House of the Dead (2003) [Review]

92 min October 10, 2003 |

Plot: A group of friends is on their way to the rave of the year. They arrived a little too late, and missed the boat to the island though. Luckily for them Captain Kirk (Prochnow) agrees to take them to La Isle De Morte – The Island of the Dead. When they get there, however, the rave is deserted, and before they know it, they’re up against the undead…in a fight for their lives.

Reviewed

Continuing with my horror flick weekend, after watching Cabin Fever (2003), I popped in House of the Dead. I hadn’t really heard about this (except seeing the preview), and was surprised to notice it was based on a video game, since I’d never heard that name for a game.

I wasn’t sure if I was going to like the film, as the name seemed a bit reminiscent of that royal stinker House of 1000 Corpses (2003) but knowing it was based on a video game, and remembering Resident Evil (2002) – also based on a video game – fondly, I knew it could go either way.

Funny, it went somewhere totally different than either of the ways I thought it would.

The actors tried real hard to make their characters believable in House of the Dead, but they just couldn’t quite do it. With the help of some odd camera effects/scenes (see below), the characters came off as highly unbelievable, but still enjoyable to watch.

The cheese factor in the acting sequences in this movies is so high, it provokes many unintentional laughs along the way, totally destroying the horror atmosphere the movie is trying for, but also makes it fun to watch – even while you groan at the cheese. This is partly due to the actors themselves, but mostly concerns the dialogue and actions that are scripted.

While the plot of House of the Dead isn’t original – combining pieces of Island of Dr. Moreau with Night of the Living Dead (1968) – it’s actually the best part of the written aspects of this film.

The dialogue sounds like it was pulled directly from an early film in the Friday the 13th (1980) series, and sounds even cheesier in this film than it ever did in those films.

The actions of the characters are also a big hit on the cheese o’ meter at times, making House of the Dead even funnier. An example? There is a break in the action, a few of their friends have died (and one lies dying on a table in the next room)…and they separate into couples and start making out. C’mon! How cheesy can you get?

There aren’t very many surprising twists and turns in the film, and the whole mood of the film is transformed into more of a comical video game with a bit of gore in it.

The special effects only add to the cheese factor of House of the Dead, for the most part. A huge battle sequence is interrupted countless times by a slow-motion 360 degree revolving shot on one of the main characters. Every so often, scenes from the video game pop up, as a comparison to what the characters are facing in that sequence (If you hadn’t heard of the video game before, it seems to be a first-person shooter, along the lines of Doom or Quake). As someone lies bleeding to death, you may notice that their blood looks a heck of a lot like paint, complete with that shiny finish on it.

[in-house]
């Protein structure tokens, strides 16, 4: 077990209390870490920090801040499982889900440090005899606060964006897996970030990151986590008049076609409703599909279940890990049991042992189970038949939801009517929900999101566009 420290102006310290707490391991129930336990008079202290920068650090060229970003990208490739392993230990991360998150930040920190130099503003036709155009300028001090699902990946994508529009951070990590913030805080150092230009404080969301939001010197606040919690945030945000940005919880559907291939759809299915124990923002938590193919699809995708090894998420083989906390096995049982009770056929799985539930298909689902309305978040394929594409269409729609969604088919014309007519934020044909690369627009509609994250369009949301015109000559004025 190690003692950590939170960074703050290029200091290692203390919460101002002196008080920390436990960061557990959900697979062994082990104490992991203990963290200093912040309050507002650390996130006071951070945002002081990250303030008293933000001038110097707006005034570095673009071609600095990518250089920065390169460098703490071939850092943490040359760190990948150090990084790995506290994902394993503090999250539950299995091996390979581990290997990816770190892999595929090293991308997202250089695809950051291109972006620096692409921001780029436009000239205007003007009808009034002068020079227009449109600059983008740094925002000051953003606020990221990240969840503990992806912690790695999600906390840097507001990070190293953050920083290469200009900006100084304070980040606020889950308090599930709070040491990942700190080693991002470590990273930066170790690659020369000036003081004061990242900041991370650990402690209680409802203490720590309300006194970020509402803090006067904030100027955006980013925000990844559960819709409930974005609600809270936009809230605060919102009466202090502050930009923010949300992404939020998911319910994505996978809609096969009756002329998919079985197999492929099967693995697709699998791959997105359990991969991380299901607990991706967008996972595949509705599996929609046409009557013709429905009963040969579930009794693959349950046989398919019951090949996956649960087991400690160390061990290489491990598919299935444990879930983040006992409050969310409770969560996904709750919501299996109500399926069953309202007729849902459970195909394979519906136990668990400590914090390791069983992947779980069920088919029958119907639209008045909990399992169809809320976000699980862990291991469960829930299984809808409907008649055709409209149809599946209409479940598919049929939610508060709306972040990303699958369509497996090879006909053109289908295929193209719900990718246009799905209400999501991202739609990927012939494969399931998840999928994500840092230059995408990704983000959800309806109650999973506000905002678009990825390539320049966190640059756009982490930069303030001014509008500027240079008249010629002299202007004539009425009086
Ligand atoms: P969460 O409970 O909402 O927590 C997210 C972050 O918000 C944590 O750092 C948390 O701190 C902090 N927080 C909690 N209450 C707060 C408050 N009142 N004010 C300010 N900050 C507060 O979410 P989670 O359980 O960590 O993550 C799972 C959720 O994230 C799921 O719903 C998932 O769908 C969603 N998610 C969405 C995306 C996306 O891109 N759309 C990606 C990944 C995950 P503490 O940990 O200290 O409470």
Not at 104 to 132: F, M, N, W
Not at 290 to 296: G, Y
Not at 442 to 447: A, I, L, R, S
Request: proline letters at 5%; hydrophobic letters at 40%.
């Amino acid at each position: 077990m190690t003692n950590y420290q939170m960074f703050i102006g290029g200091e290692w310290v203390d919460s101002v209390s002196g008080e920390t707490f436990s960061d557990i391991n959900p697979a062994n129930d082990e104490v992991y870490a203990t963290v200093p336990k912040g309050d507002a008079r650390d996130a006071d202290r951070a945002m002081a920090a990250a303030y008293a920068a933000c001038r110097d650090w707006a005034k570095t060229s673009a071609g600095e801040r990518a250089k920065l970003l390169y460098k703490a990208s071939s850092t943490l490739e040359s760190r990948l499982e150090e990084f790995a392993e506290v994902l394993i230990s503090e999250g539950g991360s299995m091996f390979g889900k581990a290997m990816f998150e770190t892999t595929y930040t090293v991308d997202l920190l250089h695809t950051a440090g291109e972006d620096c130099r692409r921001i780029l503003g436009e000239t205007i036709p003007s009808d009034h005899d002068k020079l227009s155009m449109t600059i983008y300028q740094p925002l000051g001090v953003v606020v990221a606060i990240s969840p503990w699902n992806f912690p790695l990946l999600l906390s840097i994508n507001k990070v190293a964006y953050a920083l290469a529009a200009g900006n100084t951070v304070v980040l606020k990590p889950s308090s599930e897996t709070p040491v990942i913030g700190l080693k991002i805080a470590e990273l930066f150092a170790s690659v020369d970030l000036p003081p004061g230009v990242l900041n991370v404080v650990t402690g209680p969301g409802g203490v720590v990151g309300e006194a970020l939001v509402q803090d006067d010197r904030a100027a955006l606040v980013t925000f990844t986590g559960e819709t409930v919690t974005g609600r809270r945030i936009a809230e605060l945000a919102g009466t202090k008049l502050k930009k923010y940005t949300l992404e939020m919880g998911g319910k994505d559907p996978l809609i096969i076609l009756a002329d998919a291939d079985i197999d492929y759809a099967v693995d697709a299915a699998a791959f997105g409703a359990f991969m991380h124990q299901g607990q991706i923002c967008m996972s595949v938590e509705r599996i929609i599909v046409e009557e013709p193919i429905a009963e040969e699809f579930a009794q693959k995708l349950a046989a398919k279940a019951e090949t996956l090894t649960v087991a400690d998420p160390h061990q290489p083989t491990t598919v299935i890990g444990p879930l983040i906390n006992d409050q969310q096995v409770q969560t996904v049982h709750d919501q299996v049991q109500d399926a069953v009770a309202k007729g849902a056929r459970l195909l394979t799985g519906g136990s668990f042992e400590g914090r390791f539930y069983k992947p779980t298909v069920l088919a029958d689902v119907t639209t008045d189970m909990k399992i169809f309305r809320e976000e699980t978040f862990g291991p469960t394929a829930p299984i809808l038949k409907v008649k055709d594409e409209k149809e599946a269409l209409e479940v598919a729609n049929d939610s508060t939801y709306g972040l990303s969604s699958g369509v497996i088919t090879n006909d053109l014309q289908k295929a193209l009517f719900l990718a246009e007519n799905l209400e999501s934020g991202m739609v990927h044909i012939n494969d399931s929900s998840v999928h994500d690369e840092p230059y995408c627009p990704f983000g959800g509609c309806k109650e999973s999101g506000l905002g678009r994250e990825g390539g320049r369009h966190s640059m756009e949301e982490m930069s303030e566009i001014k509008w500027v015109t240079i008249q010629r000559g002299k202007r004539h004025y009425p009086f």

The bad guy at the end of course isn’t killed the first time, and comes back again…but more than that, he escapes a gigantic explosion unscathed – his clothes aren’t even dirty! And so on and so forth…these silly sequences just keep coming throughout the film.

If you’re looking to be scared, don’t go for House of the Dead…try Cabin Fever (2003) instead. If you like cheese, then you’re probably a fan of the 1980’s…and you’ll probably enjoy laughing along with this movie. There is gore, but it loses a lot of it’s effect if you’re laughing at most of the film, so don’t worry about that freaking you out.

Try renting this and Big Trouble in Little China (1986) for a real cheesefest night. But, like I said, if you’re looking for something horrifying, House of the Dead is a dead end.

    House of the Dead (2003) has a running time of 1 hr 32 mins and is rated for pervasive strong violence/gore, language and some nudity. Want to learn more? Visit the IMDB Page .

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DVD Features

  • Widescreen
  • Animated Menus
  • Scene Access
  • 2 Feature-Length Audio Commentaries:
    • with Director Uwe Boll, Post Production Supervisor Jonathan Shore, Producer Shawn Williamson and actor Will Sanderson
    • with Executive Producer Mark A. Altman
  • 2 Featurettes:
    • “Stacked for Zom-Bat: The Sexy Babes”
    • “Anatomy of the Zombie Movement”
  • 3 Deleted Scenes with Storyboard Comparisons
  • Theatrical Trailer
 

About

An ex-Floridian, ex-Baltimorian now living in Arizona, Reid wants to get into a career that involves web-design, but for now enjoys working on critiQal in his spare time.


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